Roche's Oral Flu Drug Tamiflu™ Gets Approval in Japan

Nutley, NJ -- December 12, 2000

Roche and Gilead Sciences, Inc. (Nasdaq: GILD) announced today that Roche has received regulatory approval for Tamiflu™ (oseltamivir phosphate), the first neuraminidase inhibitor available in pill form, from the Japanese Ministry for Health and Welfare (MHW), for the treatment of influenza A and B virus infection in adults.

In Japan, influenza can affect between 5 to 10 percent of its 125 million inhabitants in a normal year, and this number can increase significantly during severe epidemics. Over a three-month period in 1999, more than 1,200 people died in Japan as a result of influenza and its complications. Sufferers are predominantly prescribed a combination of antibiotics, cough and cold preparations and anti-pyretics in an effort to fight the disease. With Tamiflu, influenza sufferers in Japan will now have an effective oral drug to help them fight all common strains of influenza (types A & B).

The application in Japan, which received priority review, was supported by clinical trial data demonstrating that Tamiflu is effective in the treatment of influenza infection. Tamiflu is indicated for the treatment of uncomplicated acute illness due to influenza infection in adults who have been symptomatic for no more than two days. The recommended oral dose of Tamiflu is 75 mg twice daily for five days.

Tamiflu, in convenient pill form, was approved by the U.S. Food and Drug Administration (FDA) in October 1999 for the treatment of uncomplicated influenza in adults. In its first season of availability in the U.S., Tamiflu, the number one prescribed antiviral treatment for influenza, has amassed more than 58 percent of the market share within the new class of antivirals called neuraminidase inhibitors, and garnered more than 30 percent of the overall influenza antiviral market.

Two Phase III double-blinded, placebo-controlled clinical trials of Tamiflu were conducted; one in the U.S. and the other in international sites. The two studies enrolled a total of 849 influenza-infected patients, 18-65 years of age. In both statistically significant studies at the recommended dose, there was a 1.3 day (30%) reduction in the median time to improvement in patients receiving Tamiflu compared to patients receiving placebo.

Tamiflu is generally well tolerated. The most frequently reported adverse events were mild to moderate, transient nausea or vomiting. Other events reported more frequently than with placebo were bronchitis, insomnia and vertigo. Less than 1% of patients discontinued Tamiflu prematurely in clinical trials due to nausea or vomiting. Tamiflu is not a substitute for vaccines, which are the primary method of preventing influenza.

Serious bacterial infections may begin with influenza-like symptoms or may co-exist with or occur as complications during the course of influenza. Tamiflu has not been shown to prevent such complications.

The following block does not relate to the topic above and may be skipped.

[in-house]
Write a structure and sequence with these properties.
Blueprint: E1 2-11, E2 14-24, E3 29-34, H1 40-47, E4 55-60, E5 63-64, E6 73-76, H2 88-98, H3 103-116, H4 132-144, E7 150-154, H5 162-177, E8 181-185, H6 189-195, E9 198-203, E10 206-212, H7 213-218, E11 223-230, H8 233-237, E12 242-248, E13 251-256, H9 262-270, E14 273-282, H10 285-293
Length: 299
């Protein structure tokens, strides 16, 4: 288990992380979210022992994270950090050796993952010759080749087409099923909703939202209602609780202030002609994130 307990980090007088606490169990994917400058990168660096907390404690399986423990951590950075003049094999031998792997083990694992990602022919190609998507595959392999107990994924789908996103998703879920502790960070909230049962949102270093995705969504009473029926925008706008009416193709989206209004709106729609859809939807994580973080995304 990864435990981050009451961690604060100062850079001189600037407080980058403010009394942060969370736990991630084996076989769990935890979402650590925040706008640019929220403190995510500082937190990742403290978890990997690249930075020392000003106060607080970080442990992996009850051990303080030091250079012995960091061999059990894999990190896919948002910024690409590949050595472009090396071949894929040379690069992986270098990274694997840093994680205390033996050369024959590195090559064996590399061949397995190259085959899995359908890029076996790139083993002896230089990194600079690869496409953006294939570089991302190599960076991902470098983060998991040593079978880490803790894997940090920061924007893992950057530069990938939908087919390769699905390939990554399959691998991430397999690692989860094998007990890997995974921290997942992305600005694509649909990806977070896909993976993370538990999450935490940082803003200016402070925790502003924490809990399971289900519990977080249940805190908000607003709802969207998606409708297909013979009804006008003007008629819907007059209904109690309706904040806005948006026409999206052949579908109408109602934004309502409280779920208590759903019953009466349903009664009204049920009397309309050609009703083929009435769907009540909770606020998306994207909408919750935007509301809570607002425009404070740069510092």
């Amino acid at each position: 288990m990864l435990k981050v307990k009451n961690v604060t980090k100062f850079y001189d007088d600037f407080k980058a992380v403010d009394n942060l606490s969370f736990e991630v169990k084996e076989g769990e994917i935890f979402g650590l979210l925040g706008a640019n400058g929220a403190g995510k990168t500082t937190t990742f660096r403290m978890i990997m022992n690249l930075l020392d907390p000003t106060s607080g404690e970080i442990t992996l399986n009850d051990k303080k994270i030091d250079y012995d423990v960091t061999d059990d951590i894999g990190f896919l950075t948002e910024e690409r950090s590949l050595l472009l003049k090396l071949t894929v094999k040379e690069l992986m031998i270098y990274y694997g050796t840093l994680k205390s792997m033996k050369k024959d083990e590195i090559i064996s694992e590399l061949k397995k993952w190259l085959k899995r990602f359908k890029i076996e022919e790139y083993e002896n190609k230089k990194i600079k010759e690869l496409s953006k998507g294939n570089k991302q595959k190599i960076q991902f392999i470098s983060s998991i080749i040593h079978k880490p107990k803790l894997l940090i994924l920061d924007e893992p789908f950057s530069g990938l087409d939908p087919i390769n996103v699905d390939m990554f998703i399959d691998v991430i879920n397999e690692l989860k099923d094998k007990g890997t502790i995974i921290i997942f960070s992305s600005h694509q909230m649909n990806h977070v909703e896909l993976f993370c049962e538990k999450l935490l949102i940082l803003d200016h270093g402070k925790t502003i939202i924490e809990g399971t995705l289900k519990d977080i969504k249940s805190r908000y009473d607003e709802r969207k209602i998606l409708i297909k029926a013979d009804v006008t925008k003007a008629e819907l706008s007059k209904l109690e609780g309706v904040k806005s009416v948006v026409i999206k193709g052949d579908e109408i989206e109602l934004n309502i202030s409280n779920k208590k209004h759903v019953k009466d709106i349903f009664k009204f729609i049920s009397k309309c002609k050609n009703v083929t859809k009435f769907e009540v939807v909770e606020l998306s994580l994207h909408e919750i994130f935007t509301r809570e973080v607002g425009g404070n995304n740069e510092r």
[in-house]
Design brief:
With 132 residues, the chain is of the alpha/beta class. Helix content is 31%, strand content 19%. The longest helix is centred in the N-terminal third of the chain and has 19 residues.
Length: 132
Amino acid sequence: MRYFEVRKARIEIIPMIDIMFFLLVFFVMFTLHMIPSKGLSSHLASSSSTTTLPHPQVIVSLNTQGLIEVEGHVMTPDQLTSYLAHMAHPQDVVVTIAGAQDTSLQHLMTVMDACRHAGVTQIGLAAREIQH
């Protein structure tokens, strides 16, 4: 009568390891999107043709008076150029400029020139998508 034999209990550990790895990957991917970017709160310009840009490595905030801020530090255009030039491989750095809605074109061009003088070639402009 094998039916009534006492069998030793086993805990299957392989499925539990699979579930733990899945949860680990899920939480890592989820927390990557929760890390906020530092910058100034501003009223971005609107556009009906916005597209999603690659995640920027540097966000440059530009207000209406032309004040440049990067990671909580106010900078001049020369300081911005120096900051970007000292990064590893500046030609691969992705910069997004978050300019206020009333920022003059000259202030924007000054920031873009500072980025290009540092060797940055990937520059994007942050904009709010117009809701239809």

About Tamiflu
Tamiflu is already marketed for the treatment of influenza in 30 countries world-wide including the United States, Canada, Switzerland and many Latin American countries. Tamiflu was approved in the U.S. on November 17, 2000 for a prophylaxis indication in adolescents and adults, making it the first influenza antiviral approved for both the treatment and prevention of all common strains of influenza (types A & B) in the U.S.

Tamiflu co-developed with Gilead Sciences of Foster City, California, is a systemic treatment for all common strains of influenza (types A & B) and is available in a convenient pill form.

The medication targets one of the two major surface structures of the influenza virus, the neuraminidase protein. The neuraminidase site is virtually the same in all common strains of influenza. If neuraminidase is inhibited, the virus is not able to infect new cells.

About Hoffmann-La Roche and Gilead Sciences
Hoffmann-La Roche Inc. (Roche), based in Nutley, N.J., is the U.S. prescription drug unit of the Roche Group, a leading research-based health care enterprise that ranks among the world’s leaders in pharmaceuticals, diagnostics and vitamins. Roche discovers, develops, manufactures and markets numerous important prescription drugs that enhance people's health, well-being and quality of life. Among the company’s areas of therapeutic interest are: virology, including HIV/AIDS and hepatitis C; infectious diseases, including influenza; cardiology; neurology; oncology; transplantation; dermatology; and metabolic diseases, including obesity and diabetes.

Gilead Sciences, Inc., headquartered in Foster City, CA, is an independent biopharmaceutical company that seeks to provide accelerated solutions for patients and the people who care for them. Gilead discovers, develops, manufactures and commercializes proprietary therapeutics for challenging infectious diseases (viral, fungal and bacterial infections) and cancer. Gilead maintains research, development or manufacturing facilities in Foster City, CA; Boulder, CO; San Dimas, CA; Cambridge, UK and Dublin, Ireland and sales and marketing organizations in the United States, Europe and Australia.

For more information on the Roche pharmaceuticals business in the United States, visit the company’s web site at: http://www.rocheusa.com. To learn about influenza surveillance and to find out if flu is in your area, log onto http://www.flustar.com.

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